649 P.2d 116

OLYMPIC VIEW — MUKILTEO ACTION GROUP, ET AL, Appellants, v. THE CITY OF MUKILTEO, ET AL, Respondents.

No. 48147-4.The Supreme Court of Washington. En Banc.
August 5, 1982.

[1] Zoning — Municipal Corporations — Annexation — Simultaneous Zoning. An annexation ordinance may include zoning regulations applicable to the annexed land.

[2] Zoning — Municipal Corporations — Annexation — Adoption of Zoning by Reference. A municipality may adopt by reference the zoning regulations which formerly applied to the land which it is annexing. Such action constitutes an amendment of the municipality’s zoning code rather than a rezone.

Nature of Action: Action challenging the validity of a building permit for a condominium. The defendant city had annexed the proposed condominium site and adopted the county’s land use classification as the interim zoning for the site.

Superior Court: The Superior Court for Snohomish County, No. 81-2-02086-9, Stuart C. French, J., on October 2, 1981, entered a judgment upholding the issuance of the building permit.

Supreme Court: Holding that the ordinances providing for continuation of the county zoning for the annexed land were valid, the court affirms the judgment.

Roger M. Leed, for appellants.

Buck Gordon, P.S., by Peter L. Buck, for respondent Mountain Pacific Development Co.

George A. Kresovich and Charles B. Wright on behalf of Walcker Homes, Inc., A.A.D. Investments Company, Ltd., and Henrikson-Wilson Co., amici curiae for respondents.

STAFFORD, J.

We are asked to decide whether the City of Mukilteo’s issuance of a building permit for a condominium project on land recently annexed by the City violated the land use laws of the City and State. We hold the building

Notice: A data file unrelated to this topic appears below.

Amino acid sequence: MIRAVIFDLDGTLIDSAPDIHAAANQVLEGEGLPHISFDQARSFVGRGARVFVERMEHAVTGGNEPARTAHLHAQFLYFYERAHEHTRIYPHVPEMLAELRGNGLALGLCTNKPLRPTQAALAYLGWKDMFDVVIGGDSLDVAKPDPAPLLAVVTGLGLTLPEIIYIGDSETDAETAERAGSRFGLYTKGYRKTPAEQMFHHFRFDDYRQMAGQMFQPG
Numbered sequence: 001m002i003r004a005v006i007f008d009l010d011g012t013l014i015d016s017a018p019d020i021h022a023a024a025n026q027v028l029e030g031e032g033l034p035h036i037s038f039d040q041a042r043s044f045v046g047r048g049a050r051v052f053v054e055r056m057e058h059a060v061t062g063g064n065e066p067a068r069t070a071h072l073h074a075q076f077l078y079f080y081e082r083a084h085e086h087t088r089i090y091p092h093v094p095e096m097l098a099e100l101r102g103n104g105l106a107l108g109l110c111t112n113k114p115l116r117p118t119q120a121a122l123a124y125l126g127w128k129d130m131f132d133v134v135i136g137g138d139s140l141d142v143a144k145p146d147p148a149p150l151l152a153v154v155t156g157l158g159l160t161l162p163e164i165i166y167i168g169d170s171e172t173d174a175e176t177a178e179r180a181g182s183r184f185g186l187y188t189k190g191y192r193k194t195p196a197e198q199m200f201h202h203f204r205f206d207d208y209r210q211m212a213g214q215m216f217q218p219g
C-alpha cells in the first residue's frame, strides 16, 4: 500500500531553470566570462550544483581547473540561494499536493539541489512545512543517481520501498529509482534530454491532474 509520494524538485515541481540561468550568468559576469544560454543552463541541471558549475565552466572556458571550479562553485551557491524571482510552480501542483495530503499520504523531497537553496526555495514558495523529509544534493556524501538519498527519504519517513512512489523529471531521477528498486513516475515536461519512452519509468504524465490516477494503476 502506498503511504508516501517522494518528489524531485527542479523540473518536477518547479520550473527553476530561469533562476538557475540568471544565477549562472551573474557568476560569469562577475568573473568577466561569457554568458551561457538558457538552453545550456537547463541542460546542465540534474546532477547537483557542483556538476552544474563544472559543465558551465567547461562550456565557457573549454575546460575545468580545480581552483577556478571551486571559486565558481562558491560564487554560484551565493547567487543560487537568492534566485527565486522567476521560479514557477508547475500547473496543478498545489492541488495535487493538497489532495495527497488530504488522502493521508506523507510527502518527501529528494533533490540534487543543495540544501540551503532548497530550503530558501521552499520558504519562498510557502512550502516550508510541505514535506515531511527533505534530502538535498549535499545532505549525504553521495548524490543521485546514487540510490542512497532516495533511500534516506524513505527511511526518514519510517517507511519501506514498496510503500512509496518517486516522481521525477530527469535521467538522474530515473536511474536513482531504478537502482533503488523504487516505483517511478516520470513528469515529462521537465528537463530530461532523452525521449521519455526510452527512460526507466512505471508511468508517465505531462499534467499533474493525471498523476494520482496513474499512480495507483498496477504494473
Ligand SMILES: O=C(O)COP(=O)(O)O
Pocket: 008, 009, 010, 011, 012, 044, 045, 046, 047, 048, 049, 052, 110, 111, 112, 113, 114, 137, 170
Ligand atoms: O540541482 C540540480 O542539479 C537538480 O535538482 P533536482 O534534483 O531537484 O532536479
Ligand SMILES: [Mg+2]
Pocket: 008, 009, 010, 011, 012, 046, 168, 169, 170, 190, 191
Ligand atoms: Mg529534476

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permit was properly issued and affirm the trial court.

Respondent Mountain Pacific Development Company acquired a 4.9-acre tract of land which, at the time of acquisition, was part of Snohomish County and was zoned for multifamily development (zoning classification MR). In 1978, Mountain Pacific applied to Snohomish County for a building permit to build a 97-unit multifamily condominium development. It also published an environmental impact statement. On January 9, 1979, the County issued a letter stating the permit would be granted, conditioned upon Mountain Pacific making certain improvements, including off-site improvements. The permit was never formally issued by the County.

In the meantime, respondent City of Mukilteo made plans to annex a portion of Snohomish County which included the proposed condominium site. On May 5, 1980, the City Council initiated the annexation process by enacting resolution 80-2 which provided that the question of annexation would be brought to a vote of the residents of Mukilteo on November 4. The resolution further provided that the land to be annexed would initially retain its classification under the Snohomish County Zoning Code and ordered the City Planning Commission to adopt a final zoning plan for the annexed area within six months of annexation.

Annexation was approved by a majority of the voters. On November 21, 1980, the City Council passed ordinance 346, which officially accepted the proposed annexation. This ordinance contained the following paragraph:

Section 4. That the area being annexed shall retain its existing zoning as it now exists under the present Snohomish County Comprehensive Plan and zoning ordinances. The Planning Commission is directed to draft and implement its own comprehensive plan and zoning code amendment within six (6) months from the date of annexation. The Planning Commission is further directed to hold public hearings and adopt the aforementioned Snohomish County Zoning Code and Comprehensive Plan as an interim comprehensive plan and zoning code

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within thirty (30) days of the date of this ordinance.

Ordinance 346(a) set November 26, 1980, as the effective date of annexation.

On December 9, 1980, the City Planning Commission held a public hearing on the proposed interim zoning and comprehensive plan for the annexed area. Notice of the hearing was published in the Everett Herald on November 27. On December 15, pursuant to the Commission’s recommendation, the City enacted ordinances 348 and 349, which adopted by reference the Snohomish County comprehensive plan and zoning designations as the interim comprehensive plan for the annexed land.